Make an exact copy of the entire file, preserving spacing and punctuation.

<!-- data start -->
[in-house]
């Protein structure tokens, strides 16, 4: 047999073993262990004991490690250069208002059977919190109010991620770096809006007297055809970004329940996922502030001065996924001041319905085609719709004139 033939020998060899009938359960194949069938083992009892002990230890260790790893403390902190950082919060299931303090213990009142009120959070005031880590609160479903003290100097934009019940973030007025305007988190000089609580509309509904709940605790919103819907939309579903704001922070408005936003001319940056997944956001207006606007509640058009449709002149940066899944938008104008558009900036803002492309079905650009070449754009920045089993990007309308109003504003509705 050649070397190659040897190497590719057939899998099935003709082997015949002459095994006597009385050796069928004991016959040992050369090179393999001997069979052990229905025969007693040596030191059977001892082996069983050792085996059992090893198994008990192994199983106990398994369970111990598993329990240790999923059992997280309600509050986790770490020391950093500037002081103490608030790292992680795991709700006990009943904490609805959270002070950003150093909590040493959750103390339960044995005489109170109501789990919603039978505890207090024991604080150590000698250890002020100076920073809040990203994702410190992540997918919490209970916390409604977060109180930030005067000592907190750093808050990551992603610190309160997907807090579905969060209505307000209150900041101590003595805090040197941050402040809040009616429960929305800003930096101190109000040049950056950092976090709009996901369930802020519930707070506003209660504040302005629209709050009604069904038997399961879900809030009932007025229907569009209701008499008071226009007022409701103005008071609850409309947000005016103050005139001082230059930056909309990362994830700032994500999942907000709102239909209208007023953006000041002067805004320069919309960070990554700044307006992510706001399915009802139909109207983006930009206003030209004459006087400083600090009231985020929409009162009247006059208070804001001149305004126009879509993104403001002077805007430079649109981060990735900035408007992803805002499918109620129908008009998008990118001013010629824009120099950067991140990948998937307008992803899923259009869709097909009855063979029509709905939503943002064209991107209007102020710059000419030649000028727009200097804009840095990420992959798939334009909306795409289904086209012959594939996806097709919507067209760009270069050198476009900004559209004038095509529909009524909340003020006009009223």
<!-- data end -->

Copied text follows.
[in-house]
């Protein structure tokens, strides 16, 4: 047999073993262990004991490690250069208002059977919190109010991620770096809006007297055809970004329940996922502030001065996924001041319905085609719709004139 033939020998060899009938359960194949069938083992009892002990230890260790790893403390902190950082919060299931303090213990009142009120959070005031880590609160479903003290100097934009019940973030007025305007988190000089609580509309509904709940605790919103819907939309579903704001922070408005936003001319940056997944956001207006606007509640058009449709002149940066899944938008104008558009900036803002492309079905650009070449754009920045089993990007309308109003504003509705 050649070397190659040897190497590719057939899998099935003709082997015949002459095994006597009385050796069928004991016959040992050369090179393999001997069979052990229905025969007693040596030191059977001892082996069983050792085996059992090893198994008990192994199983106990398994369970111990598993329990240790999923059992997280309600509050986790770490020391950093500037002081103490608030790292992680795991709700006990009943904490609805959270002070950003150093909590040493959750103390339960044995005489109170109501789990919603039978505890207090024991604080150590000698250890002020100076920073809040990203994702410190992540997918919490209970916390409604977060109180930030005067000592907190750093808050990551992603610190309160997907807090579905969060209505307000209150900041101590003595805090040197941050402040809040009616429960929305800003930096101190109000040049950056950092976090709009996901369930802020519930707070506003209660504040302005629209709050009604069904038997399961879900809030009932007025229907569009209701008499008071226009007022409701103005008071609850409309947000005016103050005139001082230059930056909309990362994830700032994500999942907000709102239909209208007023953006000041002067805004320069919309960070990554700044307006992510706001399915009802139909109207983006930009206003030209004459006087400083600090009231985020929409009162009247006059208070804001001149305004126009879509993104403001002077805007430079649109981060990735900035408007992803805002499918109620129908008009998008990118001013010629824009120099950067991140990948998937307008992803899923259009869709097909009855063979029509709905939503943002064209991107209007102020710059000419030649000028727009200097804009840095990420992959798939334009909306795409289904086209012959594939996806097709919507067209760009270069050198476009900004559209004038095509529909009524909340003020006009009223």